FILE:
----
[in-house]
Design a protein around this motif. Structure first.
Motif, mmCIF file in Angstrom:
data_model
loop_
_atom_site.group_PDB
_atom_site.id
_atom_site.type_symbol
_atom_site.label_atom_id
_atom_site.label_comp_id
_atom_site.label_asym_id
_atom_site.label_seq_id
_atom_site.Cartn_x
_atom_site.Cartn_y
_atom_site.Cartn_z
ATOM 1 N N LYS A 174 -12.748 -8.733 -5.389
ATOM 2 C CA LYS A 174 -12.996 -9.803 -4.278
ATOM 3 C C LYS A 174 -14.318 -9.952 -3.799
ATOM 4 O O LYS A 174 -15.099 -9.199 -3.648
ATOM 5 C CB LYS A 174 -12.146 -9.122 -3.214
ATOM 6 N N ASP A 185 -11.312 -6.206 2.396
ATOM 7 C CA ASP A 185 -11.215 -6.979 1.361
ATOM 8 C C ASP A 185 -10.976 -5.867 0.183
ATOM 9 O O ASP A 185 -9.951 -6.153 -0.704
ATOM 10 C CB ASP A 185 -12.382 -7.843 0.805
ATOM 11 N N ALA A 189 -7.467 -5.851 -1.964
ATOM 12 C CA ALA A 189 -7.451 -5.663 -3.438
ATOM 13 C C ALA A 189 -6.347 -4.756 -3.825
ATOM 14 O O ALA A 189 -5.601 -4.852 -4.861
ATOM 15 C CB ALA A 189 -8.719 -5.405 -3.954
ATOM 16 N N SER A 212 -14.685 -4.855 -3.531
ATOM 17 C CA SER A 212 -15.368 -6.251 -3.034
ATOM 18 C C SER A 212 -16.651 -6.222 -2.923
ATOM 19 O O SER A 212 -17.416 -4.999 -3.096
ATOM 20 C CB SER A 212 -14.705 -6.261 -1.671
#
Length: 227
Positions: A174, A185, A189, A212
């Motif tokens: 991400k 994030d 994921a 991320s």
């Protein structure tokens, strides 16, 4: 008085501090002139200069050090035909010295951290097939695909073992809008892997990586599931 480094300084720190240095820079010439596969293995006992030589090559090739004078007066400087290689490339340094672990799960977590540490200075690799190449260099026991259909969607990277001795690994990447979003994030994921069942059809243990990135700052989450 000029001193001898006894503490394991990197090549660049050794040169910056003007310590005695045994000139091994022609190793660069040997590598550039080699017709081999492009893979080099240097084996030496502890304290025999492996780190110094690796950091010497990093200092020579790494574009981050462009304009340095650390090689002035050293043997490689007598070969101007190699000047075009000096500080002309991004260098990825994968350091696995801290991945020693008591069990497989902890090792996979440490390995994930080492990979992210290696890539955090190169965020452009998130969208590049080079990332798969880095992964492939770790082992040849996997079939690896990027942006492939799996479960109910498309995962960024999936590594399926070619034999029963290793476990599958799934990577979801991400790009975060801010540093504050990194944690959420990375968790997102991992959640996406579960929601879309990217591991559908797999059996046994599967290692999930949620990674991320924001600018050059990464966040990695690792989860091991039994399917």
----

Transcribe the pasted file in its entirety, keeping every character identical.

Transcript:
[in-house]
Design a protein around this motif. Structure first.
Motif, mmCIF file in Angstrom:
data_model
loop_
_atom_site.group_PDB
_atom_site.id
_atom_site.type_symbol
_atom_site.label_atom_id
_atom_site.label_comp_id
_atom_site.label_asym_id
_atom_site.label_seq_id
_atom_site.Cartn_x
_atom_site.Cartn_y
_atom_site.Cartn_z
ATOM 1 N N LYS A 174 -12.748 -8.733 -5.389
ATOM 2 C CA LYS A 174 -12.996 -9.803 -4.278
ATOM 3 C C LYS A 174 -14.318 -9.952 -3.799
ATOM 4 O O LYS A 174 -15.099 -9.199 -3.648
ATOM 5 C CB LYS A 174 -12.146 -9.122 -3.214
ATOM 6 N N ASP A 185 -11.312 -6.206 2.396
ATOM 7 C CA ASP A 185 -11.215 -6.979 1.361
ATOM 8 C C ASP A 185 -10.976 -5.867 0.183
ATOM 9 O O ASP A 185 -9.951 -6.153 -0.704
ATOM 10 C CB ASP A 185 -12.382 -7.843 0.805
ATOM 11 N N ALA A 189 -7.467 -5.851 -1.964
ATOM 12 C CA ALA A 189 -7.451 -5.663 -3.438
ATOM 13 C C ALA A 189 -6.347 -4.756 -3.825
ATOM 14 O O ALA A 189 -5.601 -4.852 -4.861
ATOM 15 C CB ALA A 189 -8.719 -5.405 -3.954
ATOM 16 N N SER A 212 -14.685 -4.855 -3.531
ATOM 17 C CA SER A 212 -15.368 -6.251 -3.034
ATOM 18 C C SER A 212 -16.651 -6.222 -2.923
ATOM 19 O O SER A 212 -17.416 -4.999 -3.096
ATOM 20 C CB SER A 212 -14.705 -6.261 -1.671
#
Length: 227
Positions: A174, A185, A189, A212
């Motif tokens: 991400k 994030d 994921a 991320s």
């Protein structure tokens, strides 16, 4: 008085501090002139200069050090035909010295951290097939695909073992809008892997990586599931 480094300084720190240095820079010439596969293995006992030589090559090739004078007066400087290689490339340094672990799960977590540490200075690799190449260099026991259909969607990277001795690994990447979003994030994921069942059809243990990135700052989450 000029001193001898006894503490394991990197090549660049050794040169910056003007310590005695045994000139091994022609190793660069040997590598550039080699017709081999492009893979080099240097084996030496502890304290025999492996780190110094690796950091010497990093200092020579790494574009981050462009304009340095650390090689002035050293043997490689007598070969101007190699000047075009000096500080002309991004260098990825994968350091696995801290991945020693008591069990497989902890090792996979440490390995994930080492990979992210290696890539955090190169965020452009998130969208590049080079990332798969880095992964492939770790082992040849996997079939690896990027942006492939799996479960109910498309995962960024999936590594399926070619034999029963290793476990599958799934990577979801991400790009975060801010540093504050990194944690959420990375968790997102991992959640996406579960929601879309990217591991559908797999059996046994599967290692999930949620990674991320924001600018050059990464966040990695690792989860091991039994399917």